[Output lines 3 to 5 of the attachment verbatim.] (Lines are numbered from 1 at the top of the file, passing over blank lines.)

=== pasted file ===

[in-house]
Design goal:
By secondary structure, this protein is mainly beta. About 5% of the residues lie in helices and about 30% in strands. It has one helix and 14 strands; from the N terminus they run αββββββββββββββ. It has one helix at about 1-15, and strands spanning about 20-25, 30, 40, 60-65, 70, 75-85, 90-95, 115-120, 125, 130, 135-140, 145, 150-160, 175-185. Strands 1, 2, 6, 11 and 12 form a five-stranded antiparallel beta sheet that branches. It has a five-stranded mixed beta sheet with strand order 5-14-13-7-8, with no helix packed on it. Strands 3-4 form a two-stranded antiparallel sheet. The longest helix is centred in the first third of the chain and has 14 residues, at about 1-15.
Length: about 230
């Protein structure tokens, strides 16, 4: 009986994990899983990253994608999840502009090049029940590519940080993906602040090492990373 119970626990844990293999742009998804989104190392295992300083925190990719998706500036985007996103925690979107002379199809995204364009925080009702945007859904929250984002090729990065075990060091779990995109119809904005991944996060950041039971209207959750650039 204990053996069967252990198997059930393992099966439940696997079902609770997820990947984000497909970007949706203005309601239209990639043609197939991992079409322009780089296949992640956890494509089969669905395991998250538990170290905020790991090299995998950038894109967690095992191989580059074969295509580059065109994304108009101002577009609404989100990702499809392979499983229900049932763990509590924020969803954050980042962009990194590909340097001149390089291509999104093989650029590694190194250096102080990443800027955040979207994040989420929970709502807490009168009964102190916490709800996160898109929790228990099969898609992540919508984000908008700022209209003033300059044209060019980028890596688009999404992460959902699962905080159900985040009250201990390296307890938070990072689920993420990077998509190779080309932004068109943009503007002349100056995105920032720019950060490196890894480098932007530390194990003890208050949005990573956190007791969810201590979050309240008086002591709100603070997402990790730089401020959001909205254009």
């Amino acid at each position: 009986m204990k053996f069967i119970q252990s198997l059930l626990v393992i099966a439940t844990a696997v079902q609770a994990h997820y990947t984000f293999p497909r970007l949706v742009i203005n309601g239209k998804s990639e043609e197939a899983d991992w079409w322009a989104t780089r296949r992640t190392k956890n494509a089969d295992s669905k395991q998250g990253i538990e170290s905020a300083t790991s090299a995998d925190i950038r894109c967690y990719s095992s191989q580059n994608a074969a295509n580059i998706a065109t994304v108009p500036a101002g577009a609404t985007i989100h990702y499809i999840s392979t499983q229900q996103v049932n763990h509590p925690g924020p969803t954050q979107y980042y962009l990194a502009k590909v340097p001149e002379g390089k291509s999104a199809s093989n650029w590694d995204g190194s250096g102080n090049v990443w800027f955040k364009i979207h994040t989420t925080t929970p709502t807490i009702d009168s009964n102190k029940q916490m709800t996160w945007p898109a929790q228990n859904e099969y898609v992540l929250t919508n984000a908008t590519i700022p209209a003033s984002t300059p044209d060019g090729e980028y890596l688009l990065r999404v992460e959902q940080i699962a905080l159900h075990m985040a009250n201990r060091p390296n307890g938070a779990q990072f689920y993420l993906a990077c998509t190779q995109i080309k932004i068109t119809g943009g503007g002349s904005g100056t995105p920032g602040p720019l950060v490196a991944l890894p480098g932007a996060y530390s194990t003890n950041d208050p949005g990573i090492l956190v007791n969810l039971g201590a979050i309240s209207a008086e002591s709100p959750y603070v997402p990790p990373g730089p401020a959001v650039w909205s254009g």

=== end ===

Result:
By secondary structure, this protein is mainly beta. About 5% of the residues lie in helices and about 30% in strands. It has one helix and 14 strands; from the N terminus they run αββββββββββββββ. It has one helix at about 1-15, and strands spanning about 20-25, 30, 40, 60-65, 70, 75-85, 90-95, 115-120, 125, 130, 135-140, 145, 150-160, 175-185. Strands 1, 2, 6, 11 and 12 form a five-stranded antiparallel beta sheet that branches. It has a five-stranded mixed beta sheet with strand order 5-14-13-7-8, with no helix packed on it. Strands 3-4 form a two-stranded antiparallel sheet. The longest helix is centred in the first third of the chain and has 14 residues, at about 1-15.
Length: about 230
């Protein structure tokens, strides 16, 4: 009986994990899983990253994608999840502009090049029940590519940080993906602040090492990373 119970626990844990293999742009998804989104190392295992300083925190990719998706500036985007996103925690979107002379199809995204364009925080009702945007859904929250984002090729990065075990060091779990995109119809904005991944996060950041039971209207959750650039 204990053996069967252990198997059930393992099966439940696997079902609770997820990947984000497909970007949706203005309601239209990639043609197939991992079409322009780089296949992640956890494509089969669905395991998250538990170290905020790991090299995998950038894109967690095992191989580059074969295509580059065109994304108009101002577009609404989100990702499809392979499983229900049932763990509590924020969803954050980042962009990194590909340097001149390089291509999104093989650029590694190194250096102080990443800027955040979207994040989420929970709502807490009168009964102190916490709800996160898109929790228990099969898609992540919508984000908008700022209209003033300059044209060019980028890596688009999404992460959902699962905080159900985040009250201990390296307890938070990072689920993420990077998509190779080309932004068109943009503007002349100056995105920032720019950060490196890894480098932007530390194990003890208050949005990573956190007791969810201590979050309240008086002591709100603070997402990790730089401020959001909205254009």